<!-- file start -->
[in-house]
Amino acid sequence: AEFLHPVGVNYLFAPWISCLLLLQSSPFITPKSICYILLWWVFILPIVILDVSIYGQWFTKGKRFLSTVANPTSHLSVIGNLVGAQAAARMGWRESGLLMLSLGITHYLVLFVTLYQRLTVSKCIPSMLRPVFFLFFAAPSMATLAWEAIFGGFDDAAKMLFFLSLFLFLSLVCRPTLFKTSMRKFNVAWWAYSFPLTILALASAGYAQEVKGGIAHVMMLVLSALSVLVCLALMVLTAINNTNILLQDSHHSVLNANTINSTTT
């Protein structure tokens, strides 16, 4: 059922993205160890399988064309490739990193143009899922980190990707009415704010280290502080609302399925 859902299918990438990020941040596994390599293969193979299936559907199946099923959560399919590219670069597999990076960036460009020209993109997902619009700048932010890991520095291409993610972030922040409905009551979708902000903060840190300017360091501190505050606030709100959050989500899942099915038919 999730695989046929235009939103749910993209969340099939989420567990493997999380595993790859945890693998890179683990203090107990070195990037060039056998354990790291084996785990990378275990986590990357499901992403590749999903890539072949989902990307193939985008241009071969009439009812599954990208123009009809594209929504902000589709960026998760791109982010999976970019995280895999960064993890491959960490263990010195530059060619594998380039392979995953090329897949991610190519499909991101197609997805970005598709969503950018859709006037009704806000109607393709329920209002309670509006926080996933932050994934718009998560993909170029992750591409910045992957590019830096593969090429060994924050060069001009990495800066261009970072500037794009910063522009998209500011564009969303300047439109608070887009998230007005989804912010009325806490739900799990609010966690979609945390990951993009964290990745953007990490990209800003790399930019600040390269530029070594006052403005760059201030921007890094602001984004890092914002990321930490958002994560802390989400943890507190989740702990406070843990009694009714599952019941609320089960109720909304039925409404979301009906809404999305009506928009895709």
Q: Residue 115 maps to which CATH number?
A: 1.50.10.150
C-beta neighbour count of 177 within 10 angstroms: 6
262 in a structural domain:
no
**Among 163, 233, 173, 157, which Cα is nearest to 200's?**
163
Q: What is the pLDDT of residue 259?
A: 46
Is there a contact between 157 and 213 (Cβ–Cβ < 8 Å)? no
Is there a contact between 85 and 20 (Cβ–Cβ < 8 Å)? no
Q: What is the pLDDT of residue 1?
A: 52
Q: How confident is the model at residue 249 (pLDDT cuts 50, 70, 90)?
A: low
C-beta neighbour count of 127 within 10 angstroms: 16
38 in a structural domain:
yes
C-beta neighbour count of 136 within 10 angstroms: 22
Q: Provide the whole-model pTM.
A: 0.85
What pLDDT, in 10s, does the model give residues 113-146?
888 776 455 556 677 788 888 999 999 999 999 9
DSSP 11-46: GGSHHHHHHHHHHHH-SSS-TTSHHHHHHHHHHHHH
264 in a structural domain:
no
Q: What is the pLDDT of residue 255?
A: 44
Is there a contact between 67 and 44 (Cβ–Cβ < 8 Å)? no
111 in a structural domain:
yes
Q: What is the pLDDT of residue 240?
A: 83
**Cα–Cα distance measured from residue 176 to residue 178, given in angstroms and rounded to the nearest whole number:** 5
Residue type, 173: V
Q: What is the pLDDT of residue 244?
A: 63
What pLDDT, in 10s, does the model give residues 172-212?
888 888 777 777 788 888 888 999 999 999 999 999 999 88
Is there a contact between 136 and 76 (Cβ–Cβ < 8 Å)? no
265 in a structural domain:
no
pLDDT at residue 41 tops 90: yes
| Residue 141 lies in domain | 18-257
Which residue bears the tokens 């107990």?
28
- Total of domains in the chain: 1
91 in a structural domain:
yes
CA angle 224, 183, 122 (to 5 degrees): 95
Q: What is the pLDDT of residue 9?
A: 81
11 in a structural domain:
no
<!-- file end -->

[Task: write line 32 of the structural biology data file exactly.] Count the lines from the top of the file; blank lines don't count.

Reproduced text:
Is there a contact between 67 and 44 (Cβ–Cβ < 8 Å)? no